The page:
Mormons often make fun of traditional Christians for their struggling efforts to make sense of the Biblical teaching that the Father, Son and Holy Ghost are one God. Yet Mormons are committed to the unity of God at least as much as traditional Christians are, by our scriptures, particularly the Book of Mormon. As we start another round of discussion of whether we are Christian in light of Mitt Romney’s potential presidential candidacy, why not think over how we really stand with respect to the idea of the Trinity?
The Bible clearly teaches that Jesus Christ and his Father are one. Traditional Christians have struggled for centuries to make sense of this teaching. Mormons, on the other hand, have been happy to break with tradition on many points, and have often pointed at the difficulties of traditional Christians in explaining the unity of the Godhead, as a sign of their having fallen into error, enamored with their own clever philosophies. Since the time of Joseph Smith, Mormons have often been happy to declare that Father, Son, and Holy Spirit are three Gods. Mormons do not deny that the three are united, but explain that they are united in purpose, in cooperation and love, and not â€œin substanceâ€? as Nicene Christians maintain.
In our eagerness to point out flaws in the tradition, however, Mormons have a tendency to go too far, exaggerating differences even to the point of neglecting what our own scriptures say. The Book of Mormon is even more express than the Bible in its teaching that the Father, Son, and Holy Spirit are one God. The Bible often states that Christ and his Father, and sometimes the Holy Ghost, are â€œone.â€? For example, in John 10:30, Jesus says, â€œI and my Father are one,â€? and in John 17:21-3, he prays that he, the Father, and his disciples â€œall may be one . . . as we are oneâ€?–that is, as he and his father are. The Book of Mormon and the D&C, however, state in several places not only that they are â€œone,â€? but that they are â€œone God.â€? For example: 2 Nephi 31:21 reads, â€œthis is the doctrine of Christ, and the only and true doctrine of the Father, and of the Son, and of the Holy Ghost, which is one God, without endâ€?; Alma 11:44 refers to â€œthe Son, and God the Father, and the Holy Spirit, which is one Eternal Godâ€?; D&C 20:28 states, â€œFather, Son, and Holy Ghost are one Godâ€?; other passages also use the phrase â€œone Godâ€?. Mormons thus face the same original puzzle as traditional Christians of explaining how this is.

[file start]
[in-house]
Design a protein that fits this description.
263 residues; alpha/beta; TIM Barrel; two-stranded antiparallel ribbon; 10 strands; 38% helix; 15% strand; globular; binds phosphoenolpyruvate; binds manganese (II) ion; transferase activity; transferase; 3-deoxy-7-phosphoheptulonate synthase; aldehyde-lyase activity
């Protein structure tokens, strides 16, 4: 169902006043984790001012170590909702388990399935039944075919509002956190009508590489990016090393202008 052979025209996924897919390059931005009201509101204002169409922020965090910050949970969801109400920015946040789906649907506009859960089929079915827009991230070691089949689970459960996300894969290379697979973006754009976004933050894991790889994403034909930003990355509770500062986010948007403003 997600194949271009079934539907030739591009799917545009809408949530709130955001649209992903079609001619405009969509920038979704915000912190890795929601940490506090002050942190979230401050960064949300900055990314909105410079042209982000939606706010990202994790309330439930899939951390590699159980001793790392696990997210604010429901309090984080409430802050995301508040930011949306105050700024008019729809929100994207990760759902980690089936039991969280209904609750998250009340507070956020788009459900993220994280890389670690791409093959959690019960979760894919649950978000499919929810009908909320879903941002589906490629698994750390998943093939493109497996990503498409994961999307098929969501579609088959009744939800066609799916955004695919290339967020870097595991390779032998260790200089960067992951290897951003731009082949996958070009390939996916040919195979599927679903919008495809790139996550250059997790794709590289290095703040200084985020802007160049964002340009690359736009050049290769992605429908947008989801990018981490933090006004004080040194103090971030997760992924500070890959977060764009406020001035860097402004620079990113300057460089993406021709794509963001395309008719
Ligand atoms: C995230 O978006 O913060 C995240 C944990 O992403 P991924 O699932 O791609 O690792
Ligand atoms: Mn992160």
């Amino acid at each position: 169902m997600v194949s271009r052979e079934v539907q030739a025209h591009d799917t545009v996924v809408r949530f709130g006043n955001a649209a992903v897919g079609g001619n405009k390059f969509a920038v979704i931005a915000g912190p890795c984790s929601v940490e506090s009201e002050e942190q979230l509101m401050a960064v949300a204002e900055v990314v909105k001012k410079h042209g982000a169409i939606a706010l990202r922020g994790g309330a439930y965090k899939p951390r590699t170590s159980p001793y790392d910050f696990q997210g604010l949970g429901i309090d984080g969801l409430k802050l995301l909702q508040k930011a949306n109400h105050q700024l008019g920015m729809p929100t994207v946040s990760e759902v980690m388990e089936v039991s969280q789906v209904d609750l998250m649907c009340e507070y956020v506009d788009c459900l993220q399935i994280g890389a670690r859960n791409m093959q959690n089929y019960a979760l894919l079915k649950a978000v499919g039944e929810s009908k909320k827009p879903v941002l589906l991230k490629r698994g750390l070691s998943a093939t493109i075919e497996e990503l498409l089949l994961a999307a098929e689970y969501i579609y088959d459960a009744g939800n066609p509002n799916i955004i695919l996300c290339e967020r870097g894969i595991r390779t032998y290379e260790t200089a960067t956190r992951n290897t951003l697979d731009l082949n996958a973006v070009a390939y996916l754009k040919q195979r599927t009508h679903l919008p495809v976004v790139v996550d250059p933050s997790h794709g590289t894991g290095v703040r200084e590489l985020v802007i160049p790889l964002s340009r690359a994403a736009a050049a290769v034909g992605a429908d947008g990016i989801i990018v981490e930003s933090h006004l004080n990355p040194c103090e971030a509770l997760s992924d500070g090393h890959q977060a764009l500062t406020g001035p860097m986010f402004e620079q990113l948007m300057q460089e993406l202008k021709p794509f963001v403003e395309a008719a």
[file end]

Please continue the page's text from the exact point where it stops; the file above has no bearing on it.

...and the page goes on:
Of course, the message of 1 John 5:6-8 is closely parallel to one of the key themes of 3 Nephi 11, particularly verses 32-36: the unity of the Father, Son, and Holy Spirit is crucially expressed in their unity of action and teaching. Historically, I think Mormons have avoided the formulas of traditional Christianity in part because we were afraid we would get sucked into the same theological mistakes. Traditional trinitarian ideas have been too heavily influenced by certain ideas derived from Greek philosophy, and I think have also been too attached to particular words (like substance), even where they have not been able to attach a clear meaning to them. But as our own, independent intellectual life becomes more established, it is important that we Mormons are faithful to our own authorities (including the scriptures), rather than defining ourselves in opposition to others. Our authorities teach that the Father, Son, and Holy Ghost are both three and one. Are Mormons Trinitarian, in our own way?